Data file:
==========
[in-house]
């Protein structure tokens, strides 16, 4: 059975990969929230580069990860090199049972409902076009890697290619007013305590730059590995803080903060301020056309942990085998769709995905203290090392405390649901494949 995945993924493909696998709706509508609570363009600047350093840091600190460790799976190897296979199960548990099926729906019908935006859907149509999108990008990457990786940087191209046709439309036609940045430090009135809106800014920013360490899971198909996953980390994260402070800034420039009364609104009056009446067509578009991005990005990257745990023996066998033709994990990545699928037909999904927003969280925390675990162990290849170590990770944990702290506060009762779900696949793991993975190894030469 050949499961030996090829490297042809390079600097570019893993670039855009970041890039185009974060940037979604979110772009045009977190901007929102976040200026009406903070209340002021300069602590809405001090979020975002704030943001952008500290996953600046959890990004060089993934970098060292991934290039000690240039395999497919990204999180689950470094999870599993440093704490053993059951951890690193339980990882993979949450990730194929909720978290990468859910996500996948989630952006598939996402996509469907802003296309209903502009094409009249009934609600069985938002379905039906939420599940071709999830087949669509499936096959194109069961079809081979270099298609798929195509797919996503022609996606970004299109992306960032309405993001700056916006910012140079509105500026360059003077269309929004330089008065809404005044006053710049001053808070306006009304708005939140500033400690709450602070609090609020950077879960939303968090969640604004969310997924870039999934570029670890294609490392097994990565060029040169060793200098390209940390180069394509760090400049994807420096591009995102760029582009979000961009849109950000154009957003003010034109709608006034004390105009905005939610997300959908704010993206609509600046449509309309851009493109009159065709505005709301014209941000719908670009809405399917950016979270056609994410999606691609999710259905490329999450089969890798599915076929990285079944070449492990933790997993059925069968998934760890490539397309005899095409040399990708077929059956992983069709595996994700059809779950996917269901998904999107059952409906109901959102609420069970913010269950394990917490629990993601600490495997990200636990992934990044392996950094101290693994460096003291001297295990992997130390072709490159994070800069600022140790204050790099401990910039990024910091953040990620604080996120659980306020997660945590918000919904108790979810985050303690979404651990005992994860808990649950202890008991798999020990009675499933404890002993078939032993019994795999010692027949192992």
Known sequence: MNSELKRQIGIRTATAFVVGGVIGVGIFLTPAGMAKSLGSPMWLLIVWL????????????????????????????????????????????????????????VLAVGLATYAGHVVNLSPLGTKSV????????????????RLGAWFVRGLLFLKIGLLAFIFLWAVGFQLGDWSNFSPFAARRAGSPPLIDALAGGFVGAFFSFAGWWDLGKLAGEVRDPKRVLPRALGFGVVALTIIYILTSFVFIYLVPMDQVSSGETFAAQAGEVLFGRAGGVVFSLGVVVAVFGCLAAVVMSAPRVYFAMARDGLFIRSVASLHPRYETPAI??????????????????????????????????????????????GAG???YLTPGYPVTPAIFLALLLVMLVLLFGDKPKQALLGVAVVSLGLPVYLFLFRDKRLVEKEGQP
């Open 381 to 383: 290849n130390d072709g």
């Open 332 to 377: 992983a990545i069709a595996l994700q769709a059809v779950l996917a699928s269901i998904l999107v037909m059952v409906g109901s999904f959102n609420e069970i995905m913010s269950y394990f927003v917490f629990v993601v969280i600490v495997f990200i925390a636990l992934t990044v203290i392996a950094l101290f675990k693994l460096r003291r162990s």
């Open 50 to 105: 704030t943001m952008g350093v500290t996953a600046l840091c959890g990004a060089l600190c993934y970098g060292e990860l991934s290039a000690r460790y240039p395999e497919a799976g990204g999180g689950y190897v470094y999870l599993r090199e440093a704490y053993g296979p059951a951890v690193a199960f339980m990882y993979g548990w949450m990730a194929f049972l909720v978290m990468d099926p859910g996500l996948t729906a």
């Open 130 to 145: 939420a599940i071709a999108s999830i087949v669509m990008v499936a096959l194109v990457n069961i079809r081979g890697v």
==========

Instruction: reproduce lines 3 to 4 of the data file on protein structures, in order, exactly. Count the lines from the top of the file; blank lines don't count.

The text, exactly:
Known sequence: MNSELKRQIGIRTATAFVVGGVIGVGIFLTPAGMAKSLGSPMWLLIVWL????????????????????????????????????????????????????????VLAVGLATYAGHVVNLSPLGTKSV????????????????RLGAWFVRGLLFLKIGLLAFIFLWAVGFQLGDWSNFSPFAARRAGSPPLIDALAGGFVGAFFSFAGWWDLGKLAGEVRDPKRVLPRALGFGVVALTIIYILTSFVFIYLVPMDQVSSGETFAAQAGEVLFGRAGGVVFSLGVVVAVFGCLAAVVMSAPRVYFAMARDGLFIRSVASLHPRYETPAI??????????????????????????????????????????????GAG???YLTPGYPVTPAIFLALLLVMLVLLFGDKPKQALLGVAVVSLGLPVYLFLFRDKRLVEKEGQP
């Open 381 to 383: 290849n130390d072709g």